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From | Friday 29 November 2019

Young activist earns applause from delegates at Humber decarbonisation event The Waterline Summit.

Ten-year-old Lucie Parsons challenges panellists at the Waterline Debate. Pictures: Neil Holmes Photography

A 10-year-old schoolgirl has challenged Humber business leaders not to abandon her generation to climate change.

Lucie Parsons earned applause from delegates at The Waterline Summit, the Humber’s flagship decarbonisation event, when she told them children relied on adults to not waste any more time in tackling the rapidly evolving climate catastrophe.

Lucie is an ambassador for the iwill campaign, which promotes social action among young people, and a supporter of the Kids Against Plastic charity which brings children together to tackle plastic pollution.

She has also inspired her classmates at an East Yorkshire primary school to join her in campaigning to protect the environment.

“We humans are responsible for climate change and we need to stop it and stop it now. We need to stop releasing greenhouse gases and change our carbon usage,” Lucie told hundreds of business and community representatives at the Bonus Arena in Hull.

She said: “Today I’m asking you to help. We need to take from the world only what we need and replace it with love.

“My question to you is ‘what will you do?’ Will you help other children like myself to build a better friendship with the world and heal the mistakes we have made?

“Will you help to protect the things that we’re killing? We need your help. Will you help us?”

Organised by Marketing Humber, The Waterline Summit positioned the region at the forefront of the critical fight against climate change. It featured an exhibition of 50 projects and initiatives addressing climate challenges.

The line-up of speakers at The Waterline Summit, with event exhibitors in the background, from left, Andy Parkinson, Prof Dan Parsons, Diana Taylor, Lucie Parsons, Dr Gabrielle Walker, Fred Glasser, Isobel Hall, Dr Elaine Lancaster and Gordon Rogers.

The Waterline Debate featured a panel of business and community leaders and environmental experts who discussed how climate change presented both devastating risks and economic opportunities for the Humber.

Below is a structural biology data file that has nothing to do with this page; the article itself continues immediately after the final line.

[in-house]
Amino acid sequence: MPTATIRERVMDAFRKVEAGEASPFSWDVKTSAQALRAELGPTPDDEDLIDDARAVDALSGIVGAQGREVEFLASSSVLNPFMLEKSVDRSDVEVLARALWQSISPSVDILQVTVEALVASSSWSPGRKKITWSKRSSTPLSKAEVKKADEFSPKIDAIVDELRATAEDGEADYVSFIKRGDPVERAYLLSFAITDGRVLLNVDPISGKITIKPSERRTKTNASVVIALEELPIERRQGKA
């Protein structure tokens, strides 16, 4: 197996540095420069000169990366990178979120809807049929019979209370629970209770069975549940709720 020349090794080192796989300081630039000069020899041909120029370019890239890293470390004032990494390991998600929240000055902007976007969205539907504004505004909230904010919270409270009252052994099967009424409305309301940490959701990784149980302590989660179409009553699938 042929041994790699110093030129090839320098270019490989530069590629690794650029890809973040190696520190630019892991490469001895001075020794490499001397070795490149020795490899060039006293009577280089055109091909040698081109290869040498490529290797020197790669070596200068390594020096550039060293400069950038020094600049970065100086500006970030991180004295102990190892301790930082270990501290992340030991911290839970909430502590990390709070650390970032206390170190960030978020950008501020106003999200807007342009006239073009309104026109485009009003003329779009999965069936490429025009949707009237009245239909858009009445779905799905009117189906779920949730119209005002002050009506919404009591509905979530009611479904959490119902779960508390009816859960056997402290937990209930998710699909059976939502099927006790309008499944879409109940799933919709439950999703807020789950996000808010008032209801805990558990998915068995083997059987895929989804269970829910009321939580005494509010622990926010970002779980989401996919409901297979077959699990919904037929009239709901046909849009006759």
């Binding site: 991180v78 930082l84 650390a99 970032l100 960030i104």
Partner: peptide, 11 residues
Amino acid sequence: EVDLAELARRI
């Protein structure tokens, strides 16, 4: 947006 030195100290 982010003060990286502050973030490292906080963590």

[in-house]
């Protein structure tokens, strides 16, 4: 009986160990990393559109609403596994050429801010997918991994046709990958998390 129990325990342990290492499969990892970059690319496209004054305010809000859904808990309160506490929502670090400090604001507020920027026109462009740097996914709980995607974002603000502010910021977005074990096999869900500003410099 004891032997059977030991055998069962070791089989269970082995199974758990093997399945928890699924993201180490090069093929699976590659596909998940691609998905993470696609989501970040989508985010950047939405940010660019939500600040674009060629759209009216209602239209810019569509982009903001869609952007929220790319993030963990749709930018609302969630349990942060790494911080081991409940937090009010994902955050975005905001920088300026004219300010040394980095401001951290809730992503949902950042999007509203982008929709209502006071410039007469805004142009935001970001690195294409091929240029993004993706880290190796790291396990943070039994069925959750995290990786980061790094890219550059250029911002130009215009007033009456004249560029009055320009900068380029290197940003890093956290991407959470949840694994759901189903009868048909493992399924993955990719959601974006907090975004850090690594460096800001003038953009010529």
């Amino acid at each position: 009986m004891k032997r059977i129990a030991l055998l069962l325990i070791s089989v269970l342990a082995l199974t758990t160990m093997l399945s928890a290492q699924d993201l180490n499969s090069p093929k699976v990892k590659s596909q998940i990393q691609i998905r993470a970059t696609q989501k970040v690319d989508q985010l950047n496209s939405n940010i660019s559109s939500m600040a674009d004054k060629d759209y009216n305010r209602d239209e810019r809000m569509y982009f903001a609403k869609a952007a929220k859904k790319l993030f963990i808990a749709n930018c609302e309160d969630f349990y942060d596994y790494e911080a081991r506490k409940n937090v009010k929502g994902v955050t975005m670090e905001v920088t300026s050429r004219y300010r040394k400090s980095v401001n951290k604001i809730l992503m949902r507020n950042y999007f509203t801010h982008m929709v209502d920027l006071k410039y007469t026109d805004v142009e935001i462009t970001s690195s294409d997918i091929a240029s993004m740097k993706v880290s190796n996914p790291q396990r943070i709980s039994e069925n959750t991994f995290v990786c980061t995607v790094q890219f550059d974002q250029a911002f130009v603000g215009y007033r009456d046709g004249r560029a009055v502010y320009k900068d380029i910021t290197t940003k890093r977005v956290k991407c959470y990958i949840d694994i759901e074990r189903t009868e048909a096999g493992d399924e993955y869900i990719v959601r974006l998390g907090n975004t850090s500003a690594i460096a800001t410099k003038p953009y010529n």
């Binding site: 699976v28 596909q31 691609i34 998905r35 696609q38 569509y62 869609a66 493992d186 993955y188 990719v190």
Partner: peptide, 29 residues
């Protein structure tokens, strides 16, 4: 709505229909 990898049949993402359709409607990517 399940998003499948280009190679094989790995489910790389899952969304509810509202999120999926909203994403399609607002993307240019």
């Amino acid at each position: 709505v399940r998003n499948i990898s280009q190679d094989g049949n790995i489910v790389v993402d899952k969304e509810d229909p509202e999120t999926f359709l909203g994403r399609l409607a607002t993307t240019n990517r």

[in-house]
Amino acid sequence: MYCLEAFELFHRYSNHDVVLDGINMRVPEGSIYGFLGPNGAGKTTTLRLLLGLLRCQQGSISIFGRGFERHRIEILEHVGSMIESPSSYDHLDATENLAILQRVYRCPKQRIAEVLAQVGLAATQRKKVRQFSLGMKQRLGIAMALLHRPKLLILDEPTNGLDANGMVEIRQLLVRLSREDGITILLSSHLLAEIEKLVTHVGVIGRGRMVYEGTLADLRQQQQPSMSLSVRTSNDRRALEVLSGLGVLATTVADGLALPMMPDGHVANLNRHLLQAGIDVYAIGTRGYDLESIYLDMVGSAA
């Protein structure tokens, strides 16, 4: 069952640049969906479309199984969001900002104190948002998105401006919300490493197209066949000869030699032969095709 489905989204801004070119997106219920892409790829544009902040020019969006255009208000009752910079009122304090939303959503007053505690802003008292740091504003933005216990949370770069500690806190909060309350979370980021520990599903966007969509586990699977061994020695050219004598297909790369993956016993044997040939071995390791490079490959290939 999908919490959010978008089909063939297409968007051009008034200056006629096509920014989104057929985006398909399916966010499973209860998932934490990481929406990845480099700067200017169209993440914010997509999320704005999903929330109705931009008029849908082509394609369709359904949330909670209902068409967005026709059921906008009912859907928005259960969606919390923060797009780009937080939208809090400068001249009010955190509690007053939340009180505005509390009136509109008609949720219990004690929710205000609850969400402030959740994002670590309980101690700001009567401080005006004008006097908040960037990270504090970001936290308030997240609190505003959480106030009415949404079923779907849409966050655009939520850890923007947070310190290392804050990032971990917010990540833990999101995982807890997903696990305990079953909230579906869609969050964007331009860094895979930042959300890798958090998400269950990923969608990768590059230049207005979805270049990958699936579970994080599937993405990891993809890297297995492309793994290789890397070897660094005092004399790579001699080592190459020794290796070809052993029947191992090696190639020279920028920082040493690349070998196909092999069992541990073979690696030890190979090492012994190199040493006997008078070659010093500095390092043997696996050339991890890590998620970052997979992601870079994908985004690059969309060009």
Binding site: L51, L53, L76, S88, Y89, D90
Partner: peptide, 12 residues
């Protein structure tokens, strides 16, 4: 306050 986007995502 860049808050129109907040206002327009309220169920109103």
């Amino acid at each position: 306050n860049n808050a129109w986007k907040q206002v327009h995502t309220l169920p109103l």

Lucie opened the debate, highlighting the threat to current and future generations and how young people the world over have propelled climate action to the forefront of public and political debate.

Keynote speaker and chair of the panel was climate change expert and broadcaster Dr Gabrielle Walker, who advises governments, businesses and humanitarian groups across the world on responding to the climate emergency.

Dr Walker said another schoolgirl, Greta Thunberg, had turned her solo school strike for climate in Sweden into global demonstrations supported by millions of children and adults.

“There is a palpable sense of emergency and crisis and the kids are leading the way. We need to feel proud of their generation and ashamed of ours,” she said.

The panel included Lucie’s father, Professor Dan Parsons, director of the energy and environment Institute at the University of Hull.

Prof Parsons said the University of Hull’s commitment to be the UK’s fastest decarbonising university was a “truly ambitious” objective with a detailed plan behind it.

“Do we have all the answers? No,” he said. “This is about setting a vision. It’s akin to President Kennedy saying in the 1960s that we’re going to the Moon. The vision is what’s most important and the trajectory that takes you there.”

Dr Walker closed the debate by inviting Lucie to give her verdict on what she had heard and the responses to her opening challenge.

Lucie repeated her call for everyone to follow up words with action. “If everyone in this room takes something from this away with them and actually does something then The Waterline has been a success,” she said.